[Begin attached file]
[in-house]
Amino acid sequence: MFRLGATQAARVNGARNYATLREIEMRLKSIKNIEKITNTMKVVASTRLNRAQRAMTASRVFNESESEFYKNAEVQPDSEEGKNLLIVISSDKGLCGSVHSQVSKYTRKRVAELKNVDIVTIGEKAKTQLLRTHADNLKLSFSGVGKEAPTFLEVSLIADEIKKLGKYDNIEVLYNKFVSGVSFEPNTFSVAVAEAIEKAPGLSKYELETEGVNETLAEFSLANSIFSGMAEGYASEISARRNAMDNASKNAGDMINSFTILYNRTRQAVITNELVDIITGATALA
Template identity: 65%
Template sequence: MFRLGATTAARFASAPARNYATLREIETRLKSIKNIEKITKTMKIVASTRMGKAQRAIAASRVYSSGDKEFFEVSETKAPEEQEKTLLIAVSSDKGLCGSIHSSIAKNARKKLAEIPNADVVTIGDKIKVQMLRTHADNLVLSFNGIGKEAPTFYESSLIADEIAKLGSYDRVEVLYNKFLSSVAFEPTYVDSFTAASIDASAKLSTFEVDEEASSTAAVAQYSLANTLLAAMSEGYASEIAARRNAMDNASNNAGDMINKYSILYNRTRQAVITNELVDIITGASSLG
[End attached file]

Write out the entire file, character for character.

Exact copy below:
[in-house]
Amino acid sequence: MFRLGATQAARVNGARNYATLREIEMRLKSIKNIEKITNTMKVVASTRLNRAQRAMTASRVFNESESEFYKNAEVQPDSEEGKNLLIVISSDKGLCGSVHSQVSKYTRKRVAELKNVDIVTIGEKAKTQLLRTHADNLKLSFSGVGKEAPTFLEVSLIADEIKKLGKYDNIEVLYNKFVSGVSFEPNTFSVAVAEAIEKAPGLSKYELETEGVNETLAEFSLANSIFSGMAEGYASEISARRNAMDNASKNAGDMINSFTILYNRTRQAVITNELVDIITGATALA
Template identity: 65%
Template sequence: MFRLGATTAARFASAPARNYATLREIETRLKSIKNIEKITKTMKIVASTRMGKAQRAIAASRVYSSGDKEFFEVSETKAPEEQEKTLLIAVSSDKGLCGSIHSSIAKNARKKLAEIPNADVVTIGDKIKVQMLRTHADNLVLSFNGIGKEAPTFYESSLIADEIAKLGSYDRVEVLYNKFLSSVAFEPTYVDSFTAASIDASAKLSTFEVDEEASSTAAVAQYSLANTLLAAMSEGYASEIAARRNAMDNASNNAGDMINKYSILYNRTRQAVITNELVDIITGASSLG